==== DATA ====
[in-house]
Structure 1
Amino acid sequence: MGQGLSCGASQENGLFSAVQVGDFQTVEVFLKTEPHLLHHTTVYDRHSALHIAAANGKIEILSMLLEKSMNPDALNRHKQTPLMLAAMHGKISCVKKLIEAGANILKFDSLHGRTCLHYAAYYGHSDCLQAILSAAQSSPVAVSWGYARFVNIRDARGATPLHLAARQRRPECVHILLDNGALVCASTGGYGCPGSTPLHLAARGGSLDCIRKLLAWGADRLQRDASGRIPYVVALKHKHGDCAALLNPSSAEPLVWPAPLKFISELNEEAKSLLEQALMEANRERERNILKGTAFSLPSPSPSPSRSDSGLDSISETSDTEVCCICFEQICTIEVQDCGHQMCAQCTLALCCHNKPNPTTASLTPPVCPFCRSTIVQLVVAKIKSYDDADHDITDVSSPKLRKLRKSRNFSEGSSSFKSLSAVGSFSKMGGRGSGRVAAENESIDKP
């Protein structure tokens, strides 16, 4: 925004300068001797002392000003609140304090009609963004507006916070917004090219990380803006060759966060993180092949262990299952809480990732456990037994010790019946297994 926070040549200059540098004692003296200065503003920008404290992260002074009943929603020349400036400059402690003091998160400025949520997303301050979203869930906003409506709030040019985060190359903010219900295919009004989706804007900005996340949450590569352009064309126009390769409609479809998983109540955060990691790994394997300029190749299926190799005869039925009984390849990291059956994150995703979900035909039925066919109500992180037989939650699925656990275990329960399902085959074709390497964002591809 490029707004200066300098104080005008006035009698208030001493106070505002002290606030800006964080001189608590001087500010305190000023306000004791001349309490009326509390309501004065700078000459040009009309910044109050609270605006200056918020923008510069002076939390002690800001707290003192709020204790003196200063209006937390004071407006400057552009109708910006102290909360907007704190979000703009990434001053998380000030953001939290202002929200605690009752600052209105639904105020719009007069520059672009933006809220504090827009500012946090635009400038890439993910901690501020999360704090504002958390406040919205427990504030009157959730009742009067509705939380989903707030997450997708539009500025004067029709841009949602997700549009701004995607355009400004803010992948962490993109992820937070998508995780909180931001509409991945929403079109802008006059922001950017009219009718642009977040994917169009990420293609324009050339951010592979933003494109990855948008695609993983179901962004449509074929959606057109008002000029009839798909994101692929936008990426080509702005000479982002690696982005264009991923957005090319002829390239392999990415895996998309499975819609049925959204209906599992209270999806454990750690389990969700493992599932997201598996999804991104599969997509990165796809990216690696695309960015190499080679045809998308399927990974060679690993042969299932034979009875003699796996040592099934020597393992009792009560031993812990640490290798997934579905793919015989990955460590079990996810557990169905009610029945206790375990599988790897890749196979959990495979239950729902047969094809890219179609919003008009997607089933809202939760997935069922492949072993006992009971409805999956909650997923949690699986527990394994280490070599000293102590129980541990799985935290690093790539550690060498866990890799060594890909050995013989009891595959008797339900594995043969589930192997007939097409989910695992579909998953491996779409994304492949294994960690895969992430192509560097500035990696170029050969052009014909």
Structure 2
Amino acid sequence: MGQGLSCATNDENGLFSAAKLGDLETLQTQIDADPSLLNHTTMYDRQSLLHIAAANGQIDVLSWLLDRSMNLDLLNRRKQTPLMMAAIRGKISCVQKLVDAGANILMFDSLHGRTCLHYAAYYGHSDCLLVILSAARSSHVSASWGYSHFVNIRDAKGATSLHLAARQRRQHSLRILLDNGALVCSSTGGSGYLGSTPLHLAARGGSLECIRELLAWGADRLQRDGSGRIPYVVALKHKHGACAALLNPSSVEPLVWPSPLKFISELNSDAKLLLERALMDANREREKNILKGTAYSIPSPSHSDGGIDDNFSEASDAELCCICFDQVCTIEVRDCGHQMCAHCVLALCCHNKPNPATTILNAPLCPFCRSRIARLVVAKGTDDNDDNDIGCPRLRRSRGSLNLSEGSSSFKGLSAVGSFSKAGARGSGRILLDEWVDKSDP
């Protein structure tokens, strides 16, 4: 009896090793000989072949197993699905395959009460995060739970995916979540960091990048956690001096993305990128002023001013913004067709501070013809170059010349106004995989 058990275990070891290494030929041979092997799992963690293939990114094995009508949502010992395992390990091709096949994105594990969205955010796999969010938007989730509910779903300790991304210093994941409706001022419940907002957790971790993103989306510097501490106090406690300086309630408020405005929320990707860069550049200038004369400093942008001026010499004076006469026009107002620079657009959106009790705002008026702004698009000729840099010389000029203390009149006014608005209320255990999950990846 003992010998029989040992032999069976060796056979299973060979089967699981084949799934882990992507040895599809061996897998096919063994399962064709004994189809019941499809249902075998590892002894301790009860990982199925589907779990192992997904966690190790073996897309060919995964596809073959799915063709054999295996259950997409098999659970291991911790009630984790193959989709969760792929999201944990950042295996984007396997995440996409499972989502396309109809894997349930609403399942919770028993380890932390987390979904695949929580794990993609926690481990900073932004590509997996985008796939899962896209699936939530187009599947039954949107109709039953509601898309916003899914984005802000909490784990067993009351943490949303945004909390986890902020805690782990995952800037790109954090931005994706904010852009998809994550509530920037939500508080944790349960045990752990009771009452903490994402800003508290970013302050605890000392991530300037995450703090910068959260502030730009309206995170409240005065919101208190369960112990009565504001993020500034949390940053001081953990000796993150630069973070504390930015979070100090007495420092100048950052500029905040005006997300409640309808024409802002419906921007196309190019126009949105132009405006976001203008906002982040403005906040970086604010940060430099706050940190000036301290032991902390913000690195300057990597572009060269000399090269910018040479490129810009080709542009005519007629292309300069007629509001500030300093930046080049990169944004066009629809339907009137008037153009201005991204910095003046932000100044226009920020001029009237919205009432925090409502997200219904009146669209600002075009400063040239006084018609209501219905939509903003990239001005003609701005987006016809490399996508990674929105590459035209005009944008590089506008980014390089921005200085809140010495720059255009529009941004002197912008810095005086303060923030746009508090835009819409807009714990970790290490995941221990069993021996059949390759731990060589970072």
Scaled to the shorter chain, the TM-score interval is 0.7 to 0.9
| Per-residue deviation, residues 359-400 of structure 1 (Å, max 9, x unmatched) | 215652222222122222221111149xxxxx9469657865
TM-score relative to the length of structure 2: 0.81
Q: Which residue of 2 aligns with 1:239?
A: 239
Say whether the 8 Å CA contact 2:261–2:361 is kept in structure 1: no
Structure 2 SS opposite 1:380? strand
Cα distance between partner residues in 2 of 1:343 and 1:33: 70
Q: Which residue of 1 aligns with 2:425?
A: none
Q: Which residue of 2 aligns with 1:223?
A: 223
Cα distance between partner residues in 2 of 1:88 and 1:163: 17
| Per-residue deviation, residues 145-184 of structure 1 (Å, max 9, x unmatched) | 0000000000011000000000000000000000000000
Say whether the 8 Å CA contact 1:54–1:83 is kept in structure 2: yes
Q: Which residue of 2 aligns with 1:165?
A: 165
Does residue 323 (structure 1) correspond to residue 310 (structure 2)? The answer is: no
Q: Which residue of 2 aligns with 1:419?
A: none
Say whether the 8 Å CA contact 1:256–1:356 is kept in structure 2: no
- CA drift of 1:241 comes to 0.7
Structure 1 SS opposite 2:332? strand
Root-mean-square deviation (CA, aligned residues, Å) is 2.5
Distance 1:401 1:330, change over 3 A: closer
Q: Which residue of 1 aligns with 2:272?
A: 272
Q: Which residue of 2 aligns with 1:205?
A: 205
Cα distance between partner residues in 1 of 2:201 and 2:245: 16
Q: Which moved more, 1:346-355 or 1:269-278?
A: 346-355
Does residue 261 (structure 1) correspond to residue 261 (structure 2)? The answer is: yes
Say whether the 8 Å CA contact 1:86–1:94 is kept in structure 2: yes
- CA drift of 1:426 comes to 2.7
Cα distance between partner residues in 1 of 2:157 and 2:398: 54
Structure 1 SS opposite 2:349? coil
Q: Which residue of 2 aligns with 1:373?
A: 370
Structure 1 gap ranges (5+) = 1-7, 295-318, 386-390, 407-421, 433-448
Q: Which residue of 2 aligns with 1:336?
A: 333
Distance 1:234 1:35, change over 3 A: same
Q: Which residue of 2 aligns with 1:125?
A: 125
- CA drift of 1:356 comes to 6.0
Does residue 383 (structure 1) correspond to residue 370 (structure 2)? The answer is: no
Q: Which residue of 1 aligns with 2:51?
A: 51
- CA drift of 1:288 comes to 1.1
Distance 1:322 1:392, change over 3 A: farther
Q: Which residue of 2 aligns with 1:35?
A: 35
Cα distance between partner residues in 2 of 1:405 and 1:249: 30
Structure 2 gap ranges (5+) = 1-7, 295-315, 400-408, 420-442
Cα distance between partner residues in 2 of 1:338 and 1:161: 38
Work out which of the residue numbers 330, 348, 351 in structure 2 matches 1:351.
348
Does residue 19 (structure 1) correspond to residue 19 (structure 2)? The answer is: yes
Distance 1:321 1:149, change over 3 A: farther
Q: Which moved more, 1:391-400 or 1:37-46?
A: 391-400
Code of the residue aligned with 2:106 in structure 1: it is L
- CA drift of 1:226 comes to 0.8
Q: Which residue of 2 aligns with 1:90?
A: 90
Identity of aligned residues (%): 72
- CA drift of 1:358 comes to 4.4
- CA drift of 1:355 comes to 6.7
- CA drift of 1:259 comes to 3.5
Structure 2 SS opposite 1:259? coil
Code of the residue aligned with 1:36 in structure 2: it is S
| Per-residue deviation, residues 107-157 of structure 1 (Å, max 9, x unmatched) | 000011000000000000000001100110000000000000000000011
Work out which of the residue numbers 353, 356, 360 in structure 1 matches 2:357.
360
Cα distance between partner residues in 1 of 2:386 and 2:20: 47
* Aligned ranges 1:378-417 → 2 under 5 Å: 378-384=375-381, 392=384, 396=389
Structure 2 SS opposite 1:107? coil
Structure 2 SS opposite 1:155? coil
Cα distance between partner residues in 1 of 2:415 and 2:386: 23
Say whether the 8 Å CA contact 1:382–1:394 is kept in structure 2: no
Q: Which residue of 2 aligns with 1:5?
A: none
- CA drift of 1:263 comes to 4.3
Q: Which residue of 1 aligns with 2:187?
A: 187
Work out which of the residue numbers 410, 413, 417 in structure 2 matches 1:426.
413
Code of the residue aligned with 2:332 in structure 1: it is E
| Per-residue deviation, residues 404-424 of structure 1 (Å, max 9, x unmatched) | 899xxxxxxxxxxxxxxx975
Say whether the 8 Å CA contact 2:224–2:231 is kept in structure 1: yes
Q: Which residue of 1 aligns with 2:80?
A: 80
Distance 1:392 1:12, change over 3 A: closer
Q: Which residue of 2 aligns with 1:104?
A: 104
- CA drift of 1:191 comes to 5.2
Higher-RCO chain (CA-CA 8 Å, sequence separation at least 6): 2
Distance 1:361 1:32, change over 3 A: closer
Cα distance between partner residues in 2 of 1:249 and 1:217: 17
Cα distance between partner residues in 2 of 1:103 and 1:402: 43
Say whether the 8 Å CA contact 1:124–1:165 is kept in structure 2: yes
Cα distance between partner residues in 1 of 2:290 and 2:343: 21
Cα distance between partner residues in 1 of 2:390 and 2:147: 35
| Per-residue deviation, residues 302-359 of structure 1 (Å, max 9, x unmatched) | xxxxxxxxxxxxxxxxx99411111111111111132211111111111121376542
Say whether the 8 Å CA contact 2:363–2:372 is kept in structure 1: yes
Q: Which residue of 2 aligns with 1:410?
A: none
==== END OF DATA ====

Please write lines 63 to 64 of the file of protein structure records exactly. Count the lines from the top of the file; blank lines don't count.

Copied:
Cα distance between partner residues in 2 of 1:338 and 1:161: 38
Work out which of the residue numbers 330, 348, 351 in structure 2 matches 1:351.